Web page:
Perhaps the trickiest part of the pitch count rules -- at least in the regular season -- is working around the Saturday doubleheaders.

For some conferences like the Apollo, those are important conference games where ideally the best pitchers face off.

For games like the one between Altamont and Central A&M though, wins are always wanted but many coaches would rather make sure the conference games are better staffed.

The issue is playing competitive baseball for 14 innings without burning up the pitching staff. A couple weeks in, it's no clearer on the best way to juggle the pitch count and going all out for wins.

"We are flying by the seat of our pants with this one," Altamont coach Alan Whitt said. "It's funny because every time we've played a game, coaches get together and it's, "How are you doing this?' 'How are you handling this?'"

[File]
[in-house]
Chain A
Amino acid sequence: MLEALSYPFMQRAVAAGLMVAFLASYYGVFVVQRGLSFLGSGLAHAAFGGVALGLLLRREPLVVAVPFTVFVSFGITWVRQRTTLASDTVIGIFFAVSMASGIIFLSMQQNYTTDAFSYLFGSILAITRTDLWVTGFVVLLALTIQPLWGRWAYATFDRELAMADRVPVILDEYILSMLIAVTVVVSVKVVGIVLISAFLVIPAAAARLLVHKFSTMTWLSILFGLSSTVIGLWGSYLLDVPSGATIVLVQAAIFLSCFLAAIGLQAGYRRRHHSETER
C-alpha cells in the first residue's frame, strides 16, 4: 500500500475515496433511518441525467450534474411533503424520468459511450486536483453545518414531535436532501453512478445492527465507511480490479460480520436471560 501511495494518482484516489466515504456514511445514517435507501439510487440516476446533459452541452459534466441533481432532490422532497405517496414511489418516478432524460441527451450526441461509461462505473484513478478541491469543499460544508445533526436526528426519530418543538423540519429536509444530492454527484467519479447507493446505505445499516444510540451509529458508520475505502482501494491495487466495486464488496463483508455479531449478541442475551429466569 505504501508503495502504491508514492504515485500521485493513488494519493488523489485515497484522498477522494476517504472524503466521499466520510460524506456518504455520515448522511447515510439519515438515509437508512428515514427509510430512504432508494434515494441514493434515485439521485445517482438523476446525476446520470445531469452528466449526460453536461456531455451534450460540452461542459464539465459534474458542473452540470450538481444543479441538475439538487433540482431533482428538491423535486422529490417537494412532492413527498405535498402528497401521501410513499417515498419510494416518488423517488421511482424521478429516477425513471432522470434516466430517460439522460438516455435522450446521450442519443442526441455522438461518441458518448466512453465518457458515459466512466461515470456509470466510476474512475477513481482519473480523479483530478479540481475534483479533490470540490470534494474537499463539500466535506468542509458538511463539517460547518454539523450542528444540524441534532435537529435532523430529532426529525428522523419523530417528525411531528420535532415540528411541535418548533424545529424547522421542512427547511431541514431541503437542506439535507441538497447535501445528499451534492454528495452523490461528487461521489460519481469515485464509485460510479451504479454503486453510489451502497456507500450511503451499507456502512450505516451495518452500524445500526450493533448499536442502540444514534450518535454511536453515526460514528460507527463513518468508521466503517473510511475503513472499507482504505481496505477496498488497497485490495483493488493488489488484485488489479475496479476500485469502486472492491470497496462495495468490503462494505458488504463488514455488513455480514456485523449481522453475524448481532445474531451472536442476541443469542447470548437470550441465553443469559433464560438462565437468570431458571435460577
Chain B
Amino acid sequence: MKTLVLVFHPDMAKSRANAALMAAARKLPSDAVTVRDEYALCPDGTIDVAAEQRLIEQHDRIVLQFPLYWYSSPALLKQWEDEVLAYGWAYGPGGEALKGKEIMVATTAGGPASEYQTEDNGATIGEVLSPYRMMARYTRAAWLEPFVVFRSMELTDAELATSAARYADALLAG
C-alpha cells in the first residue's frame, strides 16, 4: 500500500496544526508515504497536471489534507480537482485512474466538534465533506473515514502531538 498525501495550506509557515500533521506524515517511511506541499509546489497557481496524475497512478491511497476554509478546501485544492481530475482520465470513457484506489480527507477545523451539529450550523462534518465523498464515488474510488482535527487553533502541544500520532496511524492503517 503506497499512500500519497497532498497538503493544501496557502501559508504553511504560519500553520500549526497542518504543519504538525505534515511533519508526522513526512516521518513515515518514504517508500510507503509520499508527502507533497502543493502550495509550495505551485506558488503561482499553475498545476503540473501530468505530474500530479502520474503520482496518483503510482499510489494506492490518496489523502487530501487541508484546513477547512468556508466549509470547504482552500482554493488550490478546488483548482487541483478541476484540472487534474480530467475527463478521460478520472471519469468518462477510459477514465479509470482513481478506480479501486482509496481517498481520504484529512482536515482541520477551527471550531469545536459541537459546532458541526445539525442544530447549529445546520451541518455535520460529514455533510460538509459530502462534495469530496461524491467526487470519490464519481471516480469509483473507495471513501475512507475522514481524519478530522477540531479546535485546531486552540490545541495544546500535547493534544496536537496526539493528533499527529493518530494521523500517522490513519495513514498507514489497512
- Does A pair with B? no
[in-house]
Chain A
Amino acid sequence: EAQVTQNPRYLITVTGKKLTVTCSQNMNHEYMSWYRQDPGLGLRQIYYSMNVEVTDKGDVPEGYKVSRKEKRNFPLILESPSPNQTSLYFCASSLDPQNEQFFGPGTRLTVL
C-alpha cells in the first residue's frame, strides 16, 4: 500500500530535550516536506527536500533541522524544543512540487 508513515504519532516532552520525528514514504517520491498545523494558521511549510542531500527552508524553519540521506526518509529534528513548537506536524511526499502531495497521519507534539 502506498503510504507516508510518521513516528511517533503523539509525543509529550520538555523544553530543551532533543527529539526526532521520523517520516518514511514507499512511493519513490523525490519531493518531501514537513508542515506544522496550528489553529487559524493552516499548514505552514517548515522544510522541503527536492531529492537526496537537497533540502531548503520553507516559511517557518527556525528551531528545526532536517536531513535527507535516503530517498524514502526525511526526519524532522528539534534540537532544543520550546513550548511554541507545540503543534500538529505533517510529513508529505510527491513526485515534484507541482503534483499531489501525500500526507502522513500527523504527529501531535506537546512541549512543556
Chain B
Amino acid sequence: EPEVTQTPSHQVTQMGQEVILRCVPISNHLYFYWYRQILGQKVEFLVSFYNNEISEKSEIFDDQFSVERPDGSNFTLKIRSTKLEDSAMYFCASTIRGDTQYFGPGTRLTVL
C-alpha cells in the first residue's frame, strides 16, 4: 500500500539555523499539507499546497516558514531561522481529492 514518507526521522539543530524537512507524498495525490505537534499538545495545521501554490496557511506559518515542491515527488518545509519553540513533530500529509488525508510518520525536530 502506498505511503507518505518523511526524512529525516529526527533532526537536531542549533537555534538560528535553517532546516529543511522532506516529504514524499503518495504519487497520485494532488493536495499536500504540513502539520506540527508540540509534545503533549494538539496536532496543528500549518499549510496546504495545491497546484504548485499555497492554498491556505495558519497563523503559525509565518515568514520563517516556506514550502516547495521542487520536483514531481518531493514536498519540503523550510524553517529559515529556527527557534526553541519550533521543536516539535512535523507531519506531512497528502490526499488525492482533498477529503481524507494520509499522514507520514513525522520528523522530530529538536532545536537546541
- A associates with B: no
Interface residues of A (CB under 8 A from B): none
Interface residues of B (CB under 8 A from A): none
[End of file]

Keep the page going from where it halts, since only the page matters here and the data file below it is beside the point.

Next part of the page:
Altamont, like most teams and especially those in 1A, tried to prepare as best they could. Whitt said his assistant coach, Charlie Miller, has been busy grooming a new stable of pitchers.

"I tell you what. Over the winter, we had 15 or 16 kids in, starting to throw here, working on it," Whitt said. "We sat parents down and talked with the kids and said, you may not pitched much in the past, but you do have a body that can handle it."

"And we haven't figured out the magic combination -- I mean, we let Kaleb (Whitt) go. He had 89 today. We let (Alek) Biggs go to 90 last night. We also held Caden (Miller) in his first game under 70 or so. We haven't figured it out yet."

Chad Carroll said it hasn't affected the Raiders yet. He likes cycling plenty of players through the mound early in the year, so the rotation has been the same.

"I usually am cautious with our kids at the beginning of the year," Carroll said. "We kept our kids under 60 pitches so we could pitch them next week, but I'd probably keep that way anyway early in the year."

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